BEKKING and his crew had been making a good start to the race, racing neck a neck with Ericsson 4 at the front, before they suffered an early setback.
"All of a sudden a sickening crack," explained BEKKING. "It turned out that a part of our steering broke, only 20 miles out from the start. Only one rudder was working, so we made a beauty wipe-out."
The team were forced to sail slowly without the spinnaker and after some deliberation decided to stop to make the necessary repairs and incur the 12-hour penalty. After getting back racing today, BEKKING revealed his obvious frustration in an email sent back to race HQ this morning: "How do I feel? Not very happy, but we have to carry on and see if we can claw back all the lost miles. Still a long way to go, and we know we can sail optimal again," he said.
"We were moored overnight in between all the big container ships, as the marina was closed, because of the all the damage a big storm caused two days ago over here. The shore crew, formed of Campbell, Maria, Claas, Clayton and Stu have done AN EXCELLENT JOB. They set up a temporary workshop, and had a car full of tools with them.
"Just after arrival we had a short chat with them, and their wish was to do all the work themselves, and they sent us off to a local hotel for a couple of hours of sleep."
The Telefonica Blue team now has to sail through the Straight of Gibralter and try to begin hauling in the rest of the fleet.
At the front of the fleet, the two Ericsson boats pulled out an early advantage and led by around 40nm as they passed through the Straight of Gibralter on Sunday. However since emerging into the Atlantic Ocean their advantage disappeared as they were left virtually becalmed in a depression. This morning, speeds across the fleet have picked up again to 12-13 knots and now just 9nm cover the first five boats.
Meanwhile, the rest of the fleet has passed through the Straight of Gibralter and out into the Atlantic Ocean. Overnight, the fleet compressed dramatically, with the two Ericsson squads seeing their hard-won lead slowly evaporate. This turn of events at least provided some consolation to the crew on Telefonica Blue. "The other boats had a re-start as well and can imagine that the Ericsson boys are feeling sick, as they had an excellent first day, but now got caught up again by the rest," said BEKKING.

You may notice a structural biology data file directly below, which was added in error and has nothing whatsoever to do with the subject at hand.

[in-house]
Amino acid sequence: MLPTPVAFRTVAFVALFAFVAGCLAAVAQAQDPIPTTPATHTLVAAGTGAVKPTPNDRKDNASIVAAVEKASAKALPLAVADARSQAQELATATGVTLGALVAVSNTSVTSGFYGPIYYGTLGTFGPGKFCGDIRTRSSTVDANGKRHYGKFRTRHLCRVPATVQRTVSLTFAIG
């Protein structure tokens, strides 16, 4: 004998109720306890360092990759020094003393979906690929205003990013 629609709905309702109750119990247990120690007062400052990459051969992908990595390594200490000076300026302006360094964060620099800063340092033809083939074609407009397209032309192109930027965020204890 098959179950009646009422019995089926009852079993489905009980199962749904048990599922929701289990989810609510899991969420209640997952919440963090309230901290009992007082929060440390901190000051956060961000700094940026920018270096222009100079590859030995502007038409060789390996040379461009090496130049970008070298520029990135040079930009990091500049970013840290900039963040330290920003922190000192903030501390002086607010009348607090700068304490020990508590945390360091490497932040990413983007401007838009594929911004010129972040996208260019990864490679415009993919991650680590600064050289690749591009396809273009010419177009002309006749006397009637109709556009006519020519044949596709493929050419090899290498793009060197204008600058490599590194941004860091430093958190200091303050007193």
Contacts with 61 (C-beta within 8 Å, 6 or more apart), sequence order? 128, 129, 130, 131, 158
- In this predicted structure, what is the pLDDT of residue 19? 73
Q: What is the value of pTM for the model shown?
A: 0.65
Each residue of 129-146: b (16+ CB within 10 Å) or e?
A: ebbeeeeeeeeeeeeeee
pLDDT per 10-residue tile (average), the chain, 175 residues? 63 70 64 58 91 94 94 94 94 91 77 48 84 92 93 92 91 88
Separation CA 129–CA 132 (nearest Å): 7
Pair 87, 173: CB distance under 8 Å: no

It has been a particularly frustrating night for Ericsson 3, who led at the Straight of Gibralter but have since dropped down to fourth in the latest polling. "The first part of the leg went just as we planned; hard work with many gybes and never-ending sail shifts did pay off and our aim to be the first boat to hit the trade winds seemed to become reality," explained media crew member Gustav MORIN (SWE).
"But in the tricky Gibraltar area someone hit the breaks. From a roaring down wind with boat speed up to 30 knots, we were now lying still. We had no wind, and at the same time the current was pushing as backwards.
"I could really feel that our competitors were soaking in the distance we had earned from the hard work during the night. Worry, frustration, tiredness. We couldn't do anything. Before we got control over the situation we had been going backwards for over a mile."
Volvo Ocean Race Leaderboard
(After In-Port race 1)
1. Telefónica Blue (Bouwe BEKKING/Iker MARTINEZ), 4 points
2. Telefónica Black (Fernando ECHAVARRI), 3.5 points
3. Puma Il Mostro (Ken READ), 3 points
4. Ericsson 4 (Torben GRAEL), 2.5 points
5. Green Dragon (Ian WALKER), 2 points
6. Delta Lloyd (Ger O'ROURKE), 1 point
7. Ericsson 3 (Anders LEWANDER), 0.5 points*
8. Team Russia (Andreas HANAKAMP), 0.5 points
*one point has been deducted from the Ericsson 3 score as per the jury decision number JN04 2 October.
Volvo Ocean Race - www.volvooceanrace.org